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Old 12-17-2013, 08:07 PM   #141
Tyson2011
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Quote:
Originally Posted by KrisHQ
As long as you can hit the note, it does not have to be in a musical context.
When people post vocal-ranges on youtube or other places, they obviously only use notes from songs or other forms of media.
"Musically" is so subjective that discussing if a note is used musically or not, is not worth it

The reason I posted was because posts like this one:
"Mine would be F2-E6, with fry I can get down to maybe B1 and Falsetto somewhere in the 7th octave."

Does not really make any sense. Either something weird is going on, or this person is something very special.
I take the F2-E6 as being able to hit from F2 to E6 by mixing, which for males is simply not possible.
Everything is debateable though, since some would argue that even A5's are purely falsetto. What people often refer to as "head-voice" is in fact just a mix between modal voice and falsetto, the higher you go in pitch the more falsetto you apply, which is why most high-notes can be difficult to distinguish.


yeah...I think part of the discrepancy might be in different nomenclature for the octaves, as i know it differs around the world, but I think a lot of people just don't know what they are talking about.

Speaking of which, head voice is not mixing modal voice and falsetto. falsetto is a completely different vocal mechanism than the modal voice. "chest voice" and "head voice" are just references vocalists use to describe how they are approaching a note with regard to their passagi. head voice still uses the vocal chords in their entirety, whereas falsetto "zippers" the chords together, with only the very tips of them vibrating, it is a different production method entirely.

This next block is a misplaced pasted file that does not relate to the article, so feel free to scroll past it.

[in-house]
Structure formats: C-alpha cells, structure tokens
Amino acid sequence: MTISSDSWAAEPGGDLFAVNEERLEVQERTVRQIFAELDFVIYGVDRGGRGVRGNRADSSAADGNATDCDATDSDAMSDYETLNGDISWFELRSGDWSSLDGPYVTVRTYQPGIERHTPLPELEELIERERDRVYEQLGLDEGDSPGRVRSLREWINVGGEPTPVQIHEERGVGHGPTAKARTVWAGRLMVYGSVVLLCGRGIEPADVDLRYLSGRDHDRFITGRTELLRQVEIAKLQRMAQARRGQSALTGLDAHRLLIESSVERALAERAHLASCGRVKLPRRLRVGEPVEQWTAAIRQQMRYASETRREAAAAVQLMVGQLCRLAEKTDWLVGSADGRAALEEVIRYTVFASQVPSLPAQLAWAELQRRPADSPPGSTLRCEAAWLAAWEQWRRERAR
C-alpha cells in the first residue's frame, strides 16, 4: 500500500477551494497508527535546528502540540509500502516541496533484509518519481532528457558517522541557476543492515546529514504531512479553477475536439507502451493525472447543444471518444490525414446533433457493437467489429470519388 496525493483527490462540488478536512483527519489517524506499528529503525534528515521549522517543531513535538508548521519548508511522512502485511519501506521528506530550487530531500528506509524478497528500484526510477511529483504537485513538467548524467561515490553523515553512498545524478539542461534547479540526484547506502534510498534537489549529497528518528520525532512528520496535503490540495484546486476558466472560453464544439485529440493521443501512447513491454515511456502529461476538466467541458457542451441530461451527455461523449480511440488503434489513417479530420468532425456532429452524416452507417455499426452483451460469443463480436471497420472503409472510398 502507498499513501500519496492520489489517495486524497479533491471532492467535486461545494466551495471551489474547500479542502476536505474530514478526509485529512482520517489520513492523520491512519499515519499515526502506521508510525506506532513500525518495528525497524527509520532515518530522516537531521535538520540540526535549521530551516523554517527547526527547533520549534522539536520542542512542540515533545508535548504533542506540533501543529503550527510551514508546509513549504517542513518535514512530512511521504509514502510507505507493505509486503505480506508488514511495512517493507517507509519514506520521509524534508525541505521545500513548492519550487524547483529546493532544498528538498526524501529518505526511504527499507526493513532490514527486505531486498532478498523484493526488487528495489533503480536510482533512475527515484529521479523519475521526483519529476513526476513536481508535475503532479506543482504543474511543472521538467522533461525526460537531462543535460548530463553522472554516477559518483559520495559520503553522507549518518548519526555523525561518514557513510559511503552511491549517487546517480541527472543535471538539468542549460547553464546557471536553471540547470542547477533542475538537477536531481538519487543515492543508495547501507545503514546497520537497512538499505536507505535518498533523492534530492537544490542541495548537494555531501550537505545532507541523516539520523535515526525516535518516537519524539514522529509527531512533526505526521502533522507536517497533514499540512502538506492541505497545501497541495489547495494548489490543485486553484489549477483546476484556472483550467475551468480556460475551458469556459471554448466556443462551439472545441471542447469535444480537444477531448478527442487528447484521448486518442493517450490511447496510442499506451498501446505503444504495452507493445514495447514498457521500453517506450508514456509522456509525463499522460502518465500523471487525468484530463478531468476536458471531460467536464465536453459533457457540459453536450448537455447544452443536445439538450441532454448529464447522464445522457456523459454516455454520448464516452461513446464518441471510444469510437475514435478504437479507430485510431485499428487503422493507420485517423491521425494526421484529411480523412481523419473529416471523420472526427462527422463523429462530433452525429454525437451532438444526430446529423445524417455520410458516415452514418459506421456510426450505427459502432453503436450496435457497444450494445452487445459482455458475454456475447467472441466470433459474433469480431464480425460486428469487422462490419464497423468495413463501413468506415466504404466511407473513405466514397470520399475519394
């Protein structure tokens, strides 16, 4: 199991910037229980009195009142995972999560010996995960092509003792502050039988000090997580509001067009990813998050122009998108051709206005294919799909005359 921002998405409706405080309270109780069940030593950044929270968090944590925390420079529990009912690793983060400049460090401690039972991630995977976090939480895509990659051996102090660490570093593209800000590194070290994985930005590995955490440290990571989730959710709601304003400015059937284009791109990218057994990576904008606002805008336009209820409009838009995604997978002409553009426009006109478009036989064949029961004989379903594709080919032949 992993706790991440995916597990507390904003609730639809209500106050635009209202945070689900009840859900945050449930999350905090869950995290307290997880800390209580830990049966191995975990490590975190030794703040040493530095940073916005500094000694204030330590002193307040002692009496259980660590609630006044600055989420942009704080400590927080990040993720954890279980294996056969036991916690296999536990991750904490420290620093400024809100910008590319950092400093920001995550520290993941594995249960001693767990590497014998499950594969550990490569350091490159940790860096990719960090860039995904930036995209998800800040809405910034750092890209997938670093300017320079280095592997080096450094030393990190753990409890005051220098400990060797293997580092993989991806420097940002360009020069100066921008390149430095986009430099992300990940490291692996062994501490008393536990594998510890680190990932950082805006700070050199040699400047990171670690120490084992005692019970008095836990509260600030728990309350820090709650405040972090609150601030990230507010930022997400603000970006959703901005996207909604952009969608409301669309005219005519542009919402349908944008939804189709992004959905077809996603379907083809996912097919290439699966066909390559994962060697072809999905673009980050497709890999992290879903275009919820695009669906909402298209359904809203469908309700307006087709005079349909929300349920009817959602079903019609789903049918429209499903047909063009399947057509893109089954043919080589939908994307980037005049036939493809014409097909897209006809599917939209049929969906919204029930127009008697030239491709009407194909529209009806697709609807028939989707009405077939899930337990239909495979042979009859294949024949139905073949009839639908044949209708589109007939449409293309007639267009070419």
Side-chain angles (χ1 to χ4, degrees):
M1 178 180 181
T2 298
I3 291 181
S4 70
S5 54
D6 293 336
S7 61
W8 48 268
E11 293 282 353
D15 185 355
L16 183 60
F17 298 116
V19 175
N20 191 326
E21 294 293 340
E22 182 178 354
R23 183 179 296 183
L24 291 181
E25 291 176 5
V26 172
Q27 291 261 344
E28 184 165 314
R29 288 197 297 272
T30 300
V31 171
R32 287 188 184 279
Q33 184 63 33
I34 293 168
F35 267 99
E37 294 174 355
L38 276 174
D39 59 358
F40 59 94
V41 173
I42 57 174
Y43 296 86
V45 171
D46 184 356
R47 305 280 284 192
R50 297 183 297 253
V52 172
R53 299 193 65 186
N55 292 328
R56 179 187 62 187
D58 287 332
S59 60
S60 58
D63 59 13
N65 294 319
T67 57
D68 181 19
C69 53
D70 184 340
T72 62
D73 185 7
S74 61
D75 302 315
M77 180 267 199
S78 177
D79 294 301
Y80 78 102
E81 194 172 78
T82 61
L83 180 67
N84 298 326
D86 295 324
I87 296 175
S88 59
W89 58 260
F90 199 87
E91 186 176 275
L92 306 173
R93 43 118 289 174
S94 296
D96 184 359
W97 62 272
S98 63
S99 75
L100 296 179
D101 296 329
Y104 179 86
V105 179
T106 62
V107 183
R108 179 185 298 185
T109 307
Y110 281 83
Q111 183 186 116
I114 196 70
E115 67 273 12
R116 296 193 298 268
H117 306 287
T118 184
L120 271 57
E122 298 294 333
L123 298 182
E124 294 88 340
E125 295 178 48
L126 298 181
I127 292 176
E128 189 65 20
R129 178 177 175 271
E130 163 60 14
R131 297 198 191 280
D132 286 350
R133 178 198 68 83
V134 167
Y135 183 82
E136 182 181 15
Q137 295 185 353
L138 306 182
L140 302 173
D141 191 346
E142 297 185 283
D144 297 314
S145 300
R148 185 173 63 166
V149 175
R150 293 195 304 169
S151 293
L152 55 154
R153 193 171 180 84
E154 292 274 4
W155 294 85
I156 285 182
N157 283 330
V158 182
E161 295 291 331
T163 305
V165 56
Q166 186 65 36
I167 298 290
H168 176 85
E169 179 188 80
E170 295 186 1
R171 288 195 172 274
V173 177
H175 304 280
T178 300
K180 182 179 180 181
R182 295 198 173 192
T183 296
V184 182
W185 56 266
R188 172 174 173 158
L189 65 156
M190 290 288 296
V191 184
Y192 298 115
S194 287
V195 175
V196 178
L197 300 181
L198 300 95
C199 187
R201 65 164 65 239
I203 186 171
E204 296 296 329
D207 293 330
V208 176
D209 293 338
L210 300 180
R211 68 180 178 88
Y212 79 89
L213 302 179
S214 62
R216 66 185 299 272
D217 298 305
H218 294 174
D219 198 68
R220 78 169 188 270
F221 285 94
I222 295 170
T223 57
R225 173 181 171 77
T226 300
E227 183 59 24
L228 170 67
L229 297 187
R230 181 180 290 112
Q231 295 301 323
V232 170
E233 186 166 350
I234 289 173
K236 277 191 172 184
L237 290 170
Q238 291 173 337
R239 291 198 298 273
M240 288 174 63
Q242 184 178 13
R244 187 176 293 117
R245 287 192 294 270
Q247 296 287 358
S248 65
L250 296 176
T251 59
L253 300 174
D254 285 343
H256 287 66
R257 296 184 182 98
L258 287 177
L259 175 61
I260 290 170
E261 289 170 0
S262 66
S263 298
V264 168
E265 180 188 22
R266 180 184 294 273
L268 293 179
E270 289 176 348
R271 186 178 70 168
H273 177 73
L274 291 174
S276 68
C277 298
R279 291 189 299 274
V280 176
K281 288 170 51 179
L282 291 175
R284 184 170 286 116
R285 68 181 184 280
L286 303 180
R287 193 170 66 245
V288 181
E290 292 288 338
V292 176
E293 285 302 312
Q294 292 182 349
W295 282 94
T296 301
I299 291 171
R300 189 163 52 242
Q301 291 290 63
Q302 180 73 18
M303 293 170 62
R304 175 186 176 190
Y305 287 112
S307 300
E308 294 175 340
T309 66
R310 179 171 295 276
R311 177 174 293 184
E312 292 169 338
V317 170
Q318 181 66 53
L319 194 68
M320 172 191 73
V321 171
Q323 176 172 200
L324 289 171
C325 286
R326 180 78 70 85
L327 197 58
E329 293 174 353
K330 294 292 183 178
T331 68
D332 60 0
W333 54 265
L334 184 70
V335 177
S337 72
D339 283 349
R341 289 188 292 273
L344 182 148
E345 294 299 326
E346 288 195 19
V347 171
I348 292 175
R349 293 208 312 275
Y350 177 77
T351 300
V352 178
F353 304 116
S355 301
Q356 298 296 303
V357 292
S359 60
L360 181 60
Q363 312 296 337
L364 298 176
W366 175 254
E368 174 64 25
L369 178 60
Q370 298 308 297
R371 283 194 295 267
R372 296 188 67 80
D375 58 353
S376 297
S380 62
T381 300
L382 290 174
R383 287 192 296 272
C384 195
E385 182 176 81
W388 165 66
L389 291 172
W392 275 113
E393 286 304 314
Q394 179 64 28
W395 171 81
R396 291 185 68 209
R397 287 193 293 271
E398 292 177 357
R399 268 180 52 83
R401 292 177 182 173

and for pretty much any male other than a countertenor or some other rare variation (sopranista or something), an A5 is not going to be hit modally. I'm a classically trained leggiero tenor and my usable range caps off at an E5, and even that is stretching it (I probably wouldn't include more than 1 to 2 of those in a set). The highest written demanded note in classical music is an optional ending F5, and it is very rare to see that done by any tenor outside of a recording session, it is almost never performed that way live. I can hit it and up to the F#, but I would never take it into performance because it sounds awful. Thats part of the reason I said a note shouldn't be considered a part of someones "range" if they can touch it, but can't sing it. It is useless to a performer if it doesn't sound good.